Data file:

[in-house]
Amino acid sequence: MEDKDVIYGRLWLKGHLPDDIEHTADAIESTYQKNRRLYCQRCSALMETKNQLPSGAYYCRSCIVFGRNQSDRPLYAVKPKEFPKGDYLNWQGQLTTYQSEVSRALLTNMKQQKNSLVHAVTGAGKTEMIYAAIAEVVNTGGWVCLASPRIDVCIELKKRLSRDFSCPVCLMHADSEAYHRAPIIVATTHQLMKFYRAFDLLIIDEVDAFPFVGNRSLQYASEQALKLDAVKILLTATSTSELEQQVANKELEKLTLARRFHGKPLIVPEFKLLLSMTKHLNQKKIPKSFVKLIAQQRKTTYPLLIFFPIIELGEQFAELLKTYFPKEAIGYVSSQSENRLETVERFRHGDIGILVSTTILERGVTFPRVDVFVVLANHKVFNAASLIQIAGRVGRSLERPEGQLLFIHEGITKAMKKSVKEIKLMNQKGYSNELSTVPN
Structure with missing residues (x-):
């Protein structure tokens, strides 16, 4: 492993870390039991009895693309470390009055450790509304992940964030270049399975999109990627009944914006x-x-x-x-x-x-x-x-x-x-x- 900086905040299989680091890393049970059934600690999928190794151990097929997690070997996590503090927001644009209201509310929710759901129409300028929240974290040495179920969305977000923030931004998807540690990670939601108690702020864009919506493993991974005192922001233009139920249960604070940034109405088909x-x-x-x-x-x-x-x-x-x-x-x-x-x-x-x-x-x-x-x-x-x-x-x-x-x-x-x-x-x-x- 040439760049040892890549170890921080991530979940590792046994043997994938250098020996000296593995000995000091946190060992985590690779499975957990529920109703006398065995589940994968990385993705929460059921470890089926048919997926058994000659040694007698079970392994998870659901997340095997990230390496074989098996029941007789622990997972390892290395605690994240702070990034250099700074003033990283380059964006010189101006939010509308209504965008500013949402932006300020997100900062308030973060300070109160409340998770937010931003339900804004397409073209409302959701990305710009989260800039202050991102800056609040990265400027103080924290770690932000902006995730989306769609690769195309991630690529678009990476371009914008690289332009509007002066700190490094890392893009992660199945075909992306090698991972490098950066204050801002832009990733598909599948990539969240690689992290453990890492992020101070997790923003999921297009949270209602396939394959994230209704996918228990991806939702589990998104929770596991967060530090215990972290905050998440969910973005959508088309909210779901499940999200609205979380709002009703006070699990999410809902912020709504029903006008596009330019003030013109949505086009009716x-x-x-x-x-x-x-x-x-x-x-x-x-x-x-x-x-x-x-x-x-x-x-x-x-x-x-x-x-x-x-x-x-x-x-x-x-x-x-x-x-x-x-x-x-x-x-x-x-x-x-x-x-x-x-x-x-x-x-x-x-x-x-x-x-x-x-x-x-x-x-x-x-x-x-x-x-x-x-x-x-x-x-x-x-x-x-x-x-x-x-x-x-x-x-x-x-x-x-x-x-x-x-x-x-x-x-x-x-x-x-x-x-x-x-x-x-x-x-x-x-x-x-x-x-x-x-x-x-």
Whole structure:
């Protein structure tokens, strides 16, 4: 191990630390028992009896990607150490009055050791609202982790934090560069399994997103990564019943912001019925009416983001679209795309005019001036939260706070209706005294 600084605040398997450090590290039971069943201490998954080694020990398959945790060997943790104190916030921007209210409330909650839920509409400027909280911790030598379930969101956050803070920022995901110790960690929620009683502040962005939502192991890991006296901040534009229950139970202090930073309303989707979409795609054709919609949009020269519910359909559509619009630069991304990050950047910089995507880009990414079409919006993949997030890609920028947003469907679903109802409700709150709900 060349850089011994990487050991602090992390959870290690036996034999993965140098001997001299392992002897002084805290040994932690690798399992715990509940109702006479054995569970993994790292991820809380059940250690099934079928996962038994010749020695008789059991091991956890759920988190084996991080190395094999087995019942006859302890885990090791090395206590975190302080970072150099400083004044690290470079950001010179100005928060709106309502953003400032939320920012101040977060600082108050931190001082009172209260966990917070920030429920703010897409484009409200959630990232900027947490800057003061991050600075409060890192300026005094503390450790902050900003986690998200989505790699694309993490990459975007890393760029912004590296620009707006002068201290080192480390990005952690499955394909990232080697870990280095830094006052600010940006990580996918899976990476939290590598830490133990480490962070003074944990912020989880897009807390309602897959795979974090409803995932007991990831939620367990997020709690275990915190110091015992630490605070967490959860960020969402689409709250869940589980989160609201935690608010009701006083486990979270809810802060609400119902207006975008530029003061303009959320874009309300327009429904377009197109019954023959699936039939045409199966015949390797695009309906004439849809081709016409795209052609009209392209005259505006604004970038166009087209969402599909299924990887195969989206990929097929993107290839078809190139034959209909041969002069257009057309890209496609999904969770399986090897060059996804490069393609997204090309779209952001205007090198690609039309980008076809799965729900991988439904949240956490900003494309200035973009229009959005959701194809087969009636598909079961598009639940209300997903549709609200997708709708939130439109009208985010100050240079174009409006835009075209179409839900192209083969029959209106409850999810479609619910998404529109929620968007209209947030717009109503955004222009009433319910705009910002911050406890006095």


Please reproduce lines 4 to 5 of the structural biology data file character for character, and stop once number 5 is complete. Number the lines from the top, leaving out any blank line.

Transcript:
């Protein structure tokens, strides 16, 4: 492993870390039991009895693309470390009055450790509304992940964030270049399975999109990627009944914006x-x-x-x-x-x-x-x-x-x-x- 900086905040299989680091890393049970059934600690999928190794151990097929997690070997996590503090927001644009209201509310929710759901129409300028929240974290040495179920969305977000923030931004998807540690990670939601108690702020864009919506493993991974005192922001233009139920249960604070940034109405088909x-x-x-x-x-x-x-x-x-x-x-x-x-x-x-x-x-x-x-x-x-x-x-x-x-x-x-x-x-x-x- 040439760049040892890549170890921080991530979940590792046994043997994938250098020996000296593995000995000091946190060992985590690779499975957990529920109703006398065995589940994968990385993705929460059921470890089926048919997926058994000659040694007698079970392994998870659901997340095997990230390496074989098996029941007789622990997972390892290395605690994240702070990034250099700074003033990283380059964006010189101006939010509308209504965008500013949402932006300020997100900062308030973060300070109160409340998770937010931003339900804004397409073209409302959701990305710009989260800039202050991102800056609040990265400027103080924290770690932000902006995730989306769609690769195309991630690529678009990476371009914008690289332009509007002066700190490094890392893009992660199945075909992306090698991972490098950066204050801002832009990733598909599948990539969240690689992290453990890492992020101070997790923003999921297009949270209602396939394959994230209704996918228990991806939702589990998104929770596991967060530090215990972290905050998440969910973005959508088309909210779901499940999200609205979380709002009703006070699990999410809902912020709504029903006008596009330019003030013109949505086009009716x-x-x-x-x-x-x-x-x-x-x-x-x-x-x-x-x-x-x-x-x-x-x-x-x-x-x-x-x-x-x-x-x-x-x-x-x-x-x-x-x-x-x-x-x-x-x-x-x-x-x-x-x-x-x-x-x-x-x-x-x-x-x-x-x-x-x-x-x-x-x-x-x-x-x-x-x-x-x-x-x-x-x-x-x-x-x-x-x-x-x-x-x-x-x-x-x-x-x-x-x-x-x-x-x-x-x-x-x-x-x-x-x-x-x-x-x-x-x-x-x-x-x-x-x-x-x-x-x-």
Whole structure: